That mindset of living in a different time would be conveyed to Sheen in an even more powerful way. While filming Pickett’s Charge during a long, hot day, Maxwell had an idea. “Wouldn’t it be great if we could have Marty Sheen suit up and ride out on Traveller,” Maxwell recalls. “Not that he’s going to be in the shot, but just to boost morale.”

That day was Sheen’s day off. “He asked me if I was free and would I come by and just say hello to the lads,” says Sheen. Sheen agreed. “I went into makeup and got on the horse. I was still learning to ride that horse.”

Upon arrival, Sheen was met with “a couple thousand guys coming out of the woods and surrounding me.”  The reenactors began cheering and chanting Lee’s name. “In that moment they were not reenactors and Martin Sheen wasn’t Martin Sheen, the Hollywood actor,” says Maxwell.

But not all was glory and hurrahs. And reflecting on those moments haunt Sheen still. “One of the hardest things was being present to that battle,” he says. “Pickett’s charge on the last day; and realizing what this man and all of the commanders that day on both sides witnessed up close and personal. The brutal slaughter of thousands and thousands of able-bodied men. They watched that. They watched that carnage. What does that do to your spirit?”

Sheen’s taking on the role of Lee was not met without pushback, though. “A lot of people took issue with me playing that role,” says Sheen. “I’m known as a very radical West Coast liberal.”

In fact, Sheen, a devoted advocate for social justice causes, has been arrested 66 times. “When the film came out, I got a lot of criticism from Southern sources,” says Sheen. “Not so much for the performance, but ‘Who does he think he is? He just got dragged off of a demonstration.’”

In looking back at playing Lee, Sheen speaks of trying to understand the man as much as the legend. “He was an extremely stoic man,” says Sheen. “Yet I found out things about him that were very moving. He had a slave he grew up with and who he took to West Point with him. And this man died while at West Point, and he took him home to be buried. He was devoted to this man who he loved more than his father.”

For an actor who has played iconic roles in movies from Badlands to Apocalypse Now to President Bartlet on the television series West Wing, where does Sheen rank his role as General Lee? “It’s very close to the top,” he says with a smile.

+ posts

Lisa Gregory is an experienced journalist whose articles have appeared in publications nationally and internationally including the Washington Post and U.S. News and World Report. She is also a frequent contributor to Frederick Magazine, Hagerstown Magazine and Carroll Magazine, among others. A published author of fiction, she has short stories in the books, “For the Love of Gettysburg” and “On Hallowed Ground.”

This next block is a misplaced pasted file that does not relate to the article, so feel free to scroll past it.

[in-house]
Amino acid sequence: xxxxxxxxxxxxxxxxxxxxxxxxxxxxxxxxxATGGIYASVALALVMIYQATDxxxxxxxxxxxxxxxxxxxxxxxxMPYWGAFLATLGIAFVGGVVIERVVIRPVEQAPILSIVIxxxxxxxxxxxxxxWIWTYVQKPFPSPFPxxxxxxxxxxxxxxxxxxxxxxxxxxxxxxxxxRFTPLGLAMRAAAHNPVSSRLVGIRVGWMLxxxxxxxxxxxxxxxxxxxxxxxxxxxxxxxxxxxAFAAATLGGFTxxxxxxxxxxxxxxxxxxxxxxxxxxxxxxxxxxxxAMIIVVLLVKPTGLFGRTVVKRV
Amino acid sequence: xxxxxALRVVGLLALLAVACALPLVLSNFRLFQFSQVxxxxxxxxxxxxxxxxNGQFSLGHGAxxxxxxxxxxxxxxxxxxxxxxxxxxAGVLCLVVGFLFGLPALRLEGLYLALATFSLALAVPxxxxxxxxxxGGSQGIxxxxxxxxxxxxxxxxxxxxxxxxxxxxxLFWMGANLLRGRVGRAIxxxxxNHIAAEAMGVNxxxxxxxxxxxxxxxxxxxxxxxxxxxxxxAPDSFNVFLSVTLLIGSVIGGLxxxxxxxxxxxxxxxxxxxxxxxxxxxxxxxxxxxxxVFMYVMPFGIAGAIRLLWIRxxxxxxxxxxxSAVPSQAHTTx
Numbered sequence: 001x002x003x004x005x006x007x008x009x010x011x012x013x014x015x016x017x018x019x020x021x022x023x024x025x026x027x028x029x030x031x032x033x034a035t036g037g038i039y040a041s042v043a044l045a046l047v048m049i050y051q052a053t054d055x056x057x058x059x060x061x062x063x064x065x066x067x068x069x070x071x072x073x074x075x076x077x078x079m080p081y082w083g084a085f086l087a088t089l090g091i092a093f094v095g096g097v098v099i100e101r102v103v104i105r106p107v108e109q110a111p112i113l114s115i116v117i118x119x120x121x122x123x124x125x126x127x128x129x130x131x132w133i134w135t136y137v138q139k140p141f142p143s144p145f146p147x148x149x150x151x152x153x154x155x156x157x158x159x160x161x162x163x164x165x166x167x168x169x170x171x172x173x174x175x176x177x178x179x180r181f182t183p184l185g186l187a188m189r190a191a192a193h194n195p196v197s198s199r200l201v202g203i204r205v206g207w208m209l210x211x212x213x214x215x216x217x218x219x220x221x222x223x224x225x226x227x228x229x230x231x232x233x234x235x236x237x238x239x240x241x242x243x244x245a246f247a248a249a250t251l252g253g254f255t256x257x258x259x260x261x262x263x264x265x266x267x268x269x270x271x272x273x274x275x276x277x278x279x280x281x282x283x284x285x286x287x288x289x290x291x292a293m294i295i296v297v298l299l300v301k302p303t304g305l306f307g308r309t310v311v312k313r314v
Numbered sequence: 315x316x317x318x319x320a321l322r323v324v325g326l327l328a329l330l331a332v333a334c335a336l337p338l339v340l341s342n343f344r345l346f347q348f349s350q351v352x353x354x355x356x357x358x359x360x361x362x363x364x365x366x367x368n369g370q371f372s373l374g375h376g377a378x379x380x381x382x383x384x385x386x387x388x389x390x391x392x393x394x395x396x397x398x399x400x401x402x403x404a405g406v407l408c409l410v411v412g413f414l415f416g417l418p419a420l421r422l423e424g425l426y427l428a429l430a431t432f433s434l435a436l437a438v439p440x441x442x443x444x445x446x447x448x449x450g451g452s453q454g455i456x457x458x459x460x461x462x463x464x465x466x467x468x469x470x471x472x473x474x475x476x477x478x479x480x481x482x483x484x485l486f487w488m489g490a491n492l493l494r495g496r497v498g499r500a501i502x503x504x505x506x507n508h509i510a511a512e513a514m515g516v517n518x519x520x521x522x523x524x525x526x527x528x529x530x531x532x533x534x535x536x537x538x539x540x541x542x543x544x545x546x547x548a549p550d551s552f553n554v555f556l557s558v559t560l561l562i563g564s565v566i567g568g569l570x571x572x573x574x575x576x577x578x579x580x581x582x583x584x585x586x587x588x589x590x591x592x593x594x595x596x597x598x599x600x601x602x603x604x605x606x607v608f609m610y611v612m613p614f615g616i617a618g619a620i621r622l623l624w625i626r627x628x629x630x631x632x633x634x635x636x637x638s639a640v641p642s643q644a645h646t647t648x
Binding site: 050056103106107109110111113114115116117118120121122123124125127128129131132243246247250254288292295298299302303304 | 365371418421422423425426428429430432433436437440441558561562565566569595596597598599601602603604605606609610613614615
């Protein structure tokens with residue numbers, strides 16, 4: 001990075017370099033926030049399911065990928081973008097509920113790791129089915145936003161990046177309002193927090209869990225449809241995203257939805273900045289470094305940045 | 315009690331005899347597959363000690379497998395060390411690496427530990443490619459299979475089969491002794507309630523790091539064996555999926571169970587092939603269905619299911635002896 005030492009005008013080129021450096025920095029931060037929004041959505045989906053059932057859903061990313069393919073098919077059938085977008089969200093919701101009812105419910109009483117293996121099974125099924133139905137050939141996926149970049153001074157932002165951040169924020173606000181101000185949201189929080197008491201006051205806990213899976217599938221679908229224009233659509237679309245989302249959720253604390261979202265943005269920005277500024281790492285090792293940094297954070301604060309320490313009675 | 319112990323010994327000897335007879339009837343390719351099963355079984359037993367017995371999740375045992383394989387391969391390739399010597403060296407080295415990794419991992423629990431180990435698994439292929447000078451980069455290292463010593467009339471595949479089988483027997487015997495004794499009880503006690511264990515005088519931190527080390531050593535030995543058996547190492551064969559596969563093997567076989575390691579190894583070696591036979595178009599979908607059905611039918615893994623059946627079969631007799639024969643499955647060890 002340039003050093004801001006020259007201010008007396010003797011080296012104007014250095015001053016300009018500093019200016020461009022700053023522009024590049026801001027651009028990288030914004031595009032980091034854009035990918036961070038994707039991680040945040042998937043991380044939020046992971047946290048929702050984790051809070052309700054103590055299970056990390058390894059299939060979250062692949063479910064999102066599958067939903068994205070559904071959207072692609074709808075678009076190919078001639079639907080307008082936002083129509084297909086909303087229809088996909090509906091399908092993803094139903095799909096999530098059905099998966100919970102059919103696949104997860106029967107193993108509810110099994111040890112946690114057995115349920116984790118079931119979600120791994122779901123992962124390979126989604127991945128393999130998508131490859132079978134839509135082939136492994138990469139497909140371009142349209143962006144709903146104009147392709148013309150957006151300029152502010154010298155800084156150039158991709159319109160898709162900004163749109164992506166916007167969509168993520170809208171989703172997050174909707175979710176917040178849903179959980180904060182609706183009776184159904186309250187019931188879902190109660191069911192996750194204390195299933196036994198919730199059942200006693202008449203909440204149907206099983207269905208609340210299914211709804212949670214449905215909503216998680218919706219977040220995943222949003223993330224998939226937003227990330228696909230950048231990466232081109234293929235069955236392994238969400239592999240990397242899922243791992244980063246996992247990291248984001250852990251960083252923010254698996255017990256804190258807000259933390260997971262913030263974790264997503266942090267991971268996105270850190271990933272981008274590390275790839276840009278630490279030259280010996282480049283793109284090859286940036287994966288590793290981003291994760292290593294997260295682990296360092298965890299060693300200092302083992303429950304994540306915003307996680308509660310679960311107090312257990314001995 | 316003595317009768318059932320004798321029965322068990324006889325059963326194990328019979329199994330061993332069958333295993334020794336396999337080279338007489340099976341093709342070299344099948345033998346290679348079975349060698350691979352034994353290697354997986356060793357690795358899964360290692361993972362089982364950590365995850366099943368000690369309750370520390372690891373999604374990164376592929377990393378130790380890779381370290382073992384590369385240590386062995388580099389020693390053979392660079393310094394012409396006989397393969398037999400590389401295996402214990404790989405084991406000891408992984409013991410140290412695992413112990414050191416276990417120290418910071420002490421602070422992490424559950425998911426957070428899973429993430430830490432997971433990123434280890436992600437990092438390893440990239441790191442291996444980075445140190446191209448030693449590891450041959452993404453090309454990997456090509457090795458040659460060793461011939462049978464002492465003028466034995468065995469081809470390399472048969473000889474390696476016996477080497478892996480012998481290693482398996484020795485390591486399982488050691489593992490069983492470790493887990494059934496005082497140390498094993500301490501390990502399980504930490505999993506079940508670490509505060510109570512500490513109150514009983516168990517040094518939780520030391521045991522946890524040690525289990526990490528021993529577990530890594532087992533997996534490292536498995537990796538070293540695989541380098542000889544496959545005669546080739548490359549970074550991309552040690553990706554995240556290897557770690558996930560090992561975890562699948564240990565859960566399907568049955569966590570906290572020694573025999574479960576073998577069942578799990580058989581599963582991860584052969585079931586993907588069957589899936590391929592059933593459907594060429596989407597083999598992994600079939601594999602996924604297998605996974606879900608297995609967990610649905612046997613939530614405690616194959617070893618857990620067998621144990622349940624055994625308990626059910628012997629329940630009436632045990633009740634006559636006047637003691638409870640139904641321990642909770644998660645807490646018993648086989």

Subscribe
Notify of
guest
10 Comments
Newest
Oldest Most Voted
Inline Feedbacks
View all comments
Frank Zalar
Frank Zalar
1 month ago

I thought Jeff Daniel’s playing of Col. Chamberlain was the best part of the movie. Outstanding performance.

Carol
Carol
1 month ago

Martin Sheen will always be, to me, the epitome of Lee the man and commander. To appeal to Mr. Sheen’s social activism, I wish he would (if he hasn’t already) read about Lee’s life after the war; how he advocated peace between north and south, and was mourned by Americans on both sides when he died.

Judi Seniura
Judi Seniura
1 month ago

A beautiful story by a wonderful friend.

Mark Stesney
Mark Stesney
1 month ago

Best depiction of Gettysburg ever! I had several friends from the 10th Texas division in that movie. I’m sorry I missed it. What an absolutely magnificent movie! Sheen was the best Lee ever! Unbelievable cast ! All if then !

Joey
Joey
1 month ago

Very well presented article!!

Edward C Zeier
Edward C Zeier
1 month ago

Gettysburg is my favorite movie.

Douglas Hansen, PGA
Douglas Hansen, PGA
1 month ago

That movie, in part, played such a pivotal role is our deciding to leave New York after 63 years.

I must have watched it hundereds of times – and now we live only 15 minutes away from Gettysburg.

Paradise.

April L Redding
April L Redding
1 month ago

I was working at the Gettysburg Hotel as a housekeeper when the movies was being filmed. I was young and grew up there. I got to see actorTom Bellinger and Martin Sheen. And more actors at can’t remember names. It was remembered experience I’ll never forget!

Russell Seville
Russell Seville
1 month ago

Nice visiting gettysburg like dining at ernies Texas lunch

David D Keefer
David D Keefer
1 month ago

Robert Duvall who played in Gods and Generals would have been the perfect choice for this role. It’s been said his agent talked him out of it. Sheen would have been my last choice.

10
0
Would love your thoughts, please comment.x
()
x